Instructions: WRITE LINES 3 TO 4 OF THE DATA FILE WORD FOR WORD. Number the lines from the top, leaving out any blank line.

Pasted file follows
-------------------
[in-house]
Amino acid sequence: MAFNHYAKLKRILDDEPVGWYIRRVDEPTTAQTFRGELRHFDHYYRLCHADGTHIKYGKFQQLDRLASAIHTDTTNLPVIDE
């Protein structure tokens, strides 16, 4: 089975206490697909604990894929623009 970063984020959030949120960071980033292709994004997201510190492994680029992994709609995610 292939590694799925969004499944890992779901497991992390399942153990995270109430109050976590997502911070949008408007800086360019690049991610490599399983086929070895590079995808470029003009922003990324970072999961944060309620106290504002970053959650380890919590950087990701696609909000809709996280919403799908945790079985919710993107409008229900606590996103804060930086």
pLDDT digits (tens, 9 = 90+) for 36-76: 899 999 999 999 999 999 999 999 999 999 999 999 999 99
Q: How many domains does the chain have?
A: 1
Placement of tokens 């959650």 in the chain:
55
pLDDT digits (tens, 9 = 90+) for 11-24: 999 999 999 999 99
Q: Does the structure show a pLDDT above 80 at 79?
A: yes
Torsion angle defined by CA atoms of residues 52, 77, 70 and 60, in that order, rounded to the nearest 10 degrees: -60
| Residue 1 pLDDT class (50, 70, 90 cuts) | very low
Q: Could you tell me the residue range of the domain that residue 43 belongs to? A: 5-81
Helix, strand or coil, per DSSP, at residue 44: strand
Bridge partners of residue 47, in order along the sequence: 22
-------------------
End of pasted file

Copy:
């Protein structure tokens, strides 16, 4: 089975206490697909604990894929623009 970063984020959030949120960071980033292709994004997201510190492994680029992994709609995610 292939590694799925969004499944890992779901497991992390399942153990995270109430109050976590997502911070949008408007800086360019690049991610490599399983086929070895590079995808470029003009922003990324970072999961944060309620106290504002970053959650380890919590950087990701696609909000809709996280919403799908945790079985919710993107409008229900606590996103804060930086």
pLDDT digits (tens, 9 = 90+) for 36-76: 899 999 999 999 999 999 999 999 999 999 999 999 999 99